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Extension > Agriculture > Livestock > Horse > Horse health > Equine first aid: what to have and how to use it

Equine first aid: what to have and how to use it

Erin Malone, DVM, ACVS Surgeon, University of Minnesota

Almost nothing is scarier than finding your horse injured and not knowing what to do, particularly if you are away from home. The following is a brief guideline for dealing with some common emergencies and essential items for a traveling first aid kit.

What to have in your first aid kit

The unbreakable bowl and clean syringe are for water or saline and used for rinsing wounds. The hemostat is for picking out dirt and debris from wounds. The antiseptic scrub should only be used for cleaning wounds when diluted to a weak tea color and should not be used around the eye. The eye ointment can be used for other wounds as well as in the eye. Finally, the diaper can be used to absorb blood or other fluids.

In general, it is safer to call your veterinarian or a referral center than to wait on something that you are unsure about or to medicate the horse yourself. Most importantly, remain calm. If you are nervous (quite natural), contact a friend to help.

Call your veterinarian if:

Vital Signs Normal Call if
Temperature 99-100.5°F over 102°F
Heart Rate*
*heart rate is higher in foals
30-44 bpm over 50 bpm
Respiratory Rate 8-12 bpm over 30 bpm
Mucous Membranes pink, moist dry, tacky or not pink
Capillary Refill Time 1-2 seconds greater than 3 seconds

*Learn to perform these tests BEFORE an emergency, and get to know the normal values for your horse.

What to do while you wait

You have called the vet. While you are waiting, there are a few things you can do to help your horse with the following issues.

Colic: Keep walking the horse if possible, this helps the discomfort and helps pass manure. The horse can be allowed to lie quietly if it's tired. Remove feed so it doesn't make the blockage any worse. Monitor any vital signs you know (heart rate, mucous membrane color). Give medications ONLY if your veterinarian recommends it or okays it.

Choke: Remove food and water. Keep the horse calm and relaxed.

Wounds: Clean any contaminated wounds with tap water or sterile saline. Cover with a clean dry bandage. Check to see when your horse last had a tetanus booster. Do not apply ointment to the wound (unless directed by your veterinarian) until your veterinarian arrives.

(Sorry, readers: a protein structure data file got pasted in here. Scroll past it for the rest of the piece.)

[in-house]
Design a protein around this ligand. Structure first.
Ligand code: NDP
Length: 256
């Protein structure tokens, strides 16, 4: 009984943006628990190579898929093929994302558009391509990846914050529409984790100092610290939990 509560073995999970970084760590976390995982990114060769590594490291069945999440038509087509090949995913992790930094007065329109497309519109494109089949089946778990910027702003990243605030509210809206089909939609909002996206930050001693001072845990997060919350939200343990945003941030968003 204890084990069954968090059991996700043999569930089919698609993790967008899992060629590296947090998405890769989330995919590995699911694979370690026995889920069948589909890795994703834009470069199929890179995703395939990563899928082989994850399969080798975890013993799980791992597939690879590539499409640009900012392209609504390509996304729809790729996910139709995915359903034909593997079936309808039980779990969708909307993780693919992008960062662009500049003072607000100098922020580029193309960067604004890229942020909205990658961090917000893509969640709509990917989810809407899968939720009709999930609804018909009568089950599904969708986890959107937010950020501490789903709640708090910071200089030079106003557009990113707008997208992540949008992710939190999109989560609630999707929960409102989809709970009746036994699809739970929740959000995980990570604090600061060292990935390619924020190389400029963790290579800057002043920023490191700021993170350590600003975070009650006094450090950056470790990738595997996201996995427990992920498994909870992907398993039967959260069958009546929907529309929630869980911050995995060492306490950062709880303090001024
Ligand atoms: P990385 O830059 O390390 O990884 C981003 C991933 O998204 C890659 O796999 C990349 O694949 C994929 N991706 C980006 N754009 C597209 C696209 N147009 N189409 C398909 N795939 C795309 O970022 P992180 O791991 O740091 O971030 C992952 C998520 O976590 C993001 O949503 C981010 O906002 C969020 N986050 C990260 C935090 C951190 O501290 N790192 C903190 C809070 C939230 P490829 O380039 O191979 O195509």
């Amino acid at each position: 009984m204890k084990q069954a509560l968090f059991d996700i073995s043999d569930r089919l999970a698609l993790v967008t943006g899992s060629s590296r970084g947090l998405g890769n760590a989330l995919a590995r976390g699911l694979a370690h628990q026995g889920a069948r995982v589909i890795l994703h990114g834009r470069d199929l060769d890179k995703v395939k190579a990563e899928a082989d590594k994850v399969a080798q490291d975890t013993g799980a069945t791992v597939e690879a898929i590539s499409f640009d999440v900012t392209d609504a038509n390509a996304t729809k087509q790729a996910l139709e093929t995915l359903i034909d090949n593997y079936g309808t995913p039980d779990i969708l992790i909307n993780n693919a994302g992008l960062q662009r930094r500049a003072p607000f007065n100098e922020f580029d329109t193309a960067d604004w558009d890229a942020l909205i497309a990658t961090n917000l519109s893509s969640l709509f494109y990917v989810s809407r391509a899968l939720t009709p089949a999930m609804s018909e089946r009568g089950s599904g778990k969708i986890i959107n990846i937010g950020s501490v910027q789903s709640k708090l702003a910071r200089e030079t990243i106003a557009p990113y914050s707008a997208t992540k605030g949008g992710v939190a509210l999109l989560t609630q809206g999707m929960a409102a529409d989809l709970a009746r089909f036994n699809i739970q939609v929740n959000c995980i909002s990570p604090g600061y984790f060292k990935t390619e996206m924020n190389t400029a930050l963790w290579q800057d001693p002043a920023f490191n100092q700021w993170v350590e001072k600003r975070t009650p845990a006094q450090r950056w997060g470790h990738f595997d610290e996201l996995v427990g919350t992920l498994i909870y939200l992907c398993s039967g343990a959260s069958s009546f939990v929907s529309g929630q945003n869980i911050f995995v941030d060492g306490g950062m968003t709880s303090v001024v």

Lameness: Find an outdoor extension cord if x-rays might be needed. If the horse is trying to fall over, put the horse in a stall and stay clear. If the horse can walk to the barn fairly well, move it into a stall near water and electricity. If the horse might have a fracture and if your horse is close to the barn, stay there; if your horse is out in the paddock, work on finding a way to get the trailer to the horse.

Nervous system: Put the horse in a stall with minimal objects (including removing hay and grain to reduce the chance of choke) or in a small area by itself. Make sure everyone leaves the stall or area to avoid injury, and try to decrease stimulation (e.g. avoid other horses moving by, noise, lights).

Respiratory/breathing: Minimize exercise and stress. If it could be strangles, try to isolate the horse, its gear and its caretakers. Take the horse's temperature if it is used to it. If the barn or horse is hot, put cold water along the horse's backbone and/or chest. Clean, cool water should always be available to your horse, especially in an emergency.

Eyes: Put your horse in a dark stall.

Urinary system (e.g. straining to urinate, discolored urine): Take a heart rate. Collect urine if he/she urinates. Don't exercise the horse.

Breeding problems: If blood is present, try to figure out where it is coming from (check both mare and stallion). Take vital signs that you are comfortable with. If the penis is out, apply cold water using a hose to decrease swelling.

Foaling problems: Wrap the mare's tail. Clean the mare's vulva with mild soap and water. Open the membranes if the foal is visible or if you see a thick red sac. Keep the placenta (should be passed within 3 hours).

Foals: Milk out the mare if it is safe to do so. Keep the foal quiet if it is premature.

It also helps to have plans ready for other types of emergencies. Many resources are available at www.MyHorseMatters.com, a website run by the American Association of Equine Practitioners. Follow the left-hand link to health care tips and articles.

In general, think twice about:

  1. Medicating. Phenylbutazone can hide signs that your veterinarian will use to assess the problem. Phenylbutazone and Banamine are dangerous when given in the muscle, and Xylazine is bad for people.
  2. Interfering with a neurological horse, a stallion, a mare during delivery, or a foal on its way out.
  3. Waiting - colic can be fatal if a gut is twisted for 6 hours or more; wounds can enter joints, tendon sheaths, chest or abdomen; eyes can rupture; neurological horses can hurt themselves or someone else; an incomplete tear or fracture can become complete; and foals can become very sick, very quickly.

Emergency preparedness at the barn

Reviewers: Missie Schwartz, Minnesota Horse Council; Ron Genrick and Abby Duncanson, Assurance Feeds; Harlan Anderson, DVM; and Betsy Gilkerson and Brenda Postels, University of Minnesota.

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